Glorying in the elder years, a time of spirituality, service and some serious sacred activism
Fairies Don't Like Iron?
I had heard that fairies don’t like iron. This really nonplussed me since their landing pad in Ireland was Iron Mountain. It didn’t get that name for nothing. It really is iron rich.
If you look at the texts about the Tuatha dé Danaan there are two key points where iron in the landscape is a prominent feature of the tale. The first is when they land on Slieve Anieran in Co. Leitrim. The second instance is when they are defeated by the Milesians at the Second Battle of Moytura, which is on the Sligo/Roscommon boundary. In their retreat after the battle they are said to have travelled north and east past Lough Arrow on to Lough Allen.
Lough Allen has Slieve Anieran on its eastern shore. On its western shore north of Lough Arrow lies Arigna, where for generations iron and coal has been mined. When I consider the topography in terms of the Tuatha dé Danaan saga iron surrounded their territory. If you go to the mountain just east of Slieve Anieran you have Benaughlin in Fermanagh/Cavan. In Swanlinbar pig iron smelting was carried out in the early days of the Industrial Revolution. Really, you can’t get away from iron; it almost seems like a ring fence around what could be considered the Fairy Folk’s homeplace. Because the trajectory of their retreat after Moytura surely shows a desire to ‘home’ to their place of arrival in Ireland before they departed into the sídhe.
I shared my puzzlement with an Irish born friend Siobhán MacMahon, who is also The Faerie Shaman, for elucidation.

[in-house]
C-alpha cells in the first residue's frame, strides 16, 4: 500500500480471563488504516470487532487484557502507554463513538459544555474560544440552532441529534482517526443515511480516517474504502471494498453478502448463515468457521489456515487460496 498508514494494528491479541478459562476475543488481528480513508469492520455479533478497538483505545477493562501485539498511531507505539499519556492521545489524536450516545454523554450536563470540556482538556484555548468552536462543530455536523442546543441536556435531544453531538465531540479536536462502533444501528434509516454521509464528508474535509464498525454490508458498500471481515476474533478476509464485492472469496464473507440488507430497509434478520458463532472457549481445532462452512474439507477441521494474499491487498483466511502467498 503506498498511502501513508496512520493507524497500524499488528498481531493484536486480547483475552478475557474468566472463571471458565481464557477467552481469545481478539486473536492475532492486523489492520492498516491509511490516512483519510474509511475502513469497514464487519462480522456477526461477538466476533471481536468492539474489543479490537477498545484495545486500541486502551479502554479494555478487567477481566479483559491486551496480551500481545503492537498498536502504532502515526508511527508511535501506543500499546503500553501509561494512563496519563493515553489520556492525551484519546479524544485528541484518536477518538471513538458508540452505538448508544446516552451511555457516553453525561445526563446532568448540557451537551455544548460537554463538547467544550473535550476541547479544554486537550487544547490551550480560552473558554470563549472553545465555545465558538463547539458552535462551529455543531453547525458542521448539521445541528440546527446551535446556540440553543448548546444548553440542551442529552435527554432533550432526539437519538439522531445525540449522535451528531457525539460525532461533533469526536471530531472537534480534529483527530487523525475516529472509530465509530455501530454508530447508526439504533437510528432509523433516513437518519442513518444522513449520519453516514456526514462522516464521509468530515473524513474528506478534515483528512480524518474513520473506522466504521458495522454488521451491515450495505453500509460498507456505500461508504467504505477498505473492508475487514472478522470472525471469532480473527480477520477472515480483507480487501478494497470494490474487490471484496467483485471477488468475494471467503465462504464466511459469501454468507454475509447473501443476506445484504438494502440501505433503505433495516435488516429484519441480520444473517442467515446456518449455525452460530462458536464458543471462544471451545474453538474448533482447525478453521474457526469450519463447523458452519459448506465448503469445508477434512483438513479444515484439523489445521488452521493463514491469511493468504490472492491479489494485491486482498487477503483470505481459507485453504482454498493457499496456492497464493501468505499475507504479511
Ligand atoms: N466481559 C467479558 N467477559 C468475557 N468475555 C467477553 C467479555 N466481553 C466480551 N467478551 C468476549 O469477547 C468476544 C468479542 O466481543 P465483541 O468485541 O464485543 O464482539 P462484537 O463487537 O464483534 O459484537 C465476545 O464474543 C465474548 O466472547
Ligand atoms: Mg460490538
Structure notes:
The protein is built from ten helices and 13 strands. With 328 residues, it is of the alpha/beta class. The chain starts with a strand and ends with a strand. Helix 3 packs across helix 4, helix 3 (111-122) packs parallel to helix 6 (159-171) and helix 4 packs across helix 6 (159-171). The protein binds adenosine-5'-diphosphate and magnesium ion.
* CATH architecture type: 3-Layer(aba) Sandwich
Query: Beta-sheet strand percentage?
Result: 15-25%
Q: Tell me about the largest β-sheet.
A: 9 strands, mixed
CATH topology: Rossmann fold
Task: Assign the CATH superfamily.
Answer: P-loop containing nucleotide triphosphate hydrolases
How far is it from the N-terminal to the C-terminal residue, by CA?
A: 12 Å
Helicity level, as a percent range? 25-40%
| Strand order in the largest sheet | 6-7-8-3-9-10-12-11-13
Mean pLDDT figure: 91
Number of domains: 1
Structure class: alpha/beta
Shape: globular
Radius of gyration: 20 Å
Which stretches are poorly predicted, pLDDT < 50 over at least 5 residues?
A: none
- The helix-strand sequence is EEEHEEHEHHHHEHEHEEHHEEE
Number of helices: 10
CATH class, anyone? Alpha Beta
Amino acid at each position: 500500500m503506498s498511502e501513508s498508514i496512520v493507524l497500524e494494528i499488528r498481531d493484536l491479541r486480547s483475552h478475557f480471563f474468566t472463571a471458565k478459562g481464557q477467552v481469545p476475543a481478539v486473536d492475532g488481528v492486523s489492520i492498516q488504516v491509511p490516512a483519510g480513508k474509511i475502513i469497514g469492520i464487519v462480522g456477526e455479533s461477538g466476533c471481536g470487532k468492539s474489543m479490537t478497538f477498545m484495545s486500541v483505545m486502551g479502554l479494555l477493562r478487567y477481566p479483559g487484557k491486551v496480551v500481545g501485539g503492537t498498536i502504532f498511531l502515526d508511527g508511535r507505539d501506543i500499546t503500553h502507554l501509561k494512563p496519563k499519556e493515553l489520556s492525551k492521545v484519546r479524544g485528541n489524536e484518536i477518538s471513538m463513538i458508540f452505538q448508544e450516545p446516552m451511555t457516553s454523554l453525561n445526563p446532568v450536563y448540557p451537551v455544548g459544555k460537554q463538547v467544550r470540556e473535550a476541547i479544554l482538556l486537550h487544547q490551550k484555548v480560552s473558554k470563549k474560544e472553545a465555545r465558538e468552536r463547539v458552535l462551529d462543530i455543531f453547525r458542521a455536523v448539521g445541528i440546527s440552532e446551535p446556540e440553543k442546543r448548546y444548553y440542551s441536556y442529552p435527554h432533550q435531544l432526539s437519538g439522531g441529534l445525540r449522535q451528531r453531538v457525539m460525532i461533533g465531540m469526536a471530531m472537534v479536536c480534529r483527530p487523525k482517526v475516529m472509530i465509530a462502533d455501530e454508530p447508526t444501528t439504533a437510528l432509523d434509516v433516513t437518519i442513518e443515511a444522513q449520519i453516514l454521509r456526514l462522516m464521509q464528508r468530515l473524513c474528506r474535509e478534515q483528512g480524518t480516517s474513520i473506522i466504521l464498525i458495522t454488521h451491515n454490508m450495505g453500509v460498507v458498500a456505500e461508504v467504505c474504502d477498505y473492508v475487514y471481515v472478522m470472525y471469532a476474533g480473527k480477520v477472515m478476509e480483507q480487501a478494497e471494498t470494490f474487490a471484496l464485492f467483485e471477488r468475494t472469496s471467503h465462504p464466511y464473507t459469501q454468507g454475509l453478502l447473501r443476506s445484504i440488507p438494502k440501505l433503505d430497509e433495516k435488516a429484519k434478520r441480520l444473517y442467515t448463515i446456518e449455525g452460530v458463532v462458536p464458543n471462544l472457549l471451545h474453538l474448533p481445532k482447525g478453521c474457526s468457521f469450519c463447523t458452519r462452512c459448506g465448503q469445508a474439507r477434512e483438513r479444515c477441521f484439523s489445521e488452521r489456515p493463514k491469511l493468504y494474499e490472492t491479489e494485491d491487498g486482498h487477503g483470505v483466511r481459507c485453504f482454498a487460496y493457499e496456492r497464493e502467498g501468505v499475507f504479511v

“Oh, that’s easy,” she said over Skype, “The fairies use iron whenever they break ties irrevocably with a particular world. Humans need to use iron if they want to break contact with the fairies though.”
Light bulb moment!
When the Tuatha dé Danaan left the four cities of Filias, Falias, Gorias and Murias they needed the iron of Slieve Anieran to break their tie with the land they left behind. After the Shining Ones were defeated by the Milesians they instinctively headed toward the ‘homeplace’ to use the iron again for their retreat into the sídhe.
This is why it makes perfect sense to me to call Slieve Anieran the Fairy Homeplace in Ireland. Homeplace is a rural Irish concept that invokes great passion for the land that has been inhabited by one’s blood kin for generations.
Fairies may inhabit the whole of the island of Ireland but Iron Mountain is especially dear to the indigenous earth spirits of this particular land and sacred to Danu, her tribe and those of Her clan who retreated into the fairy sídhe at their homeplace.
So it’s a bit of a myth that fairies don’t like iron. It’s all about its proper function with fairies.
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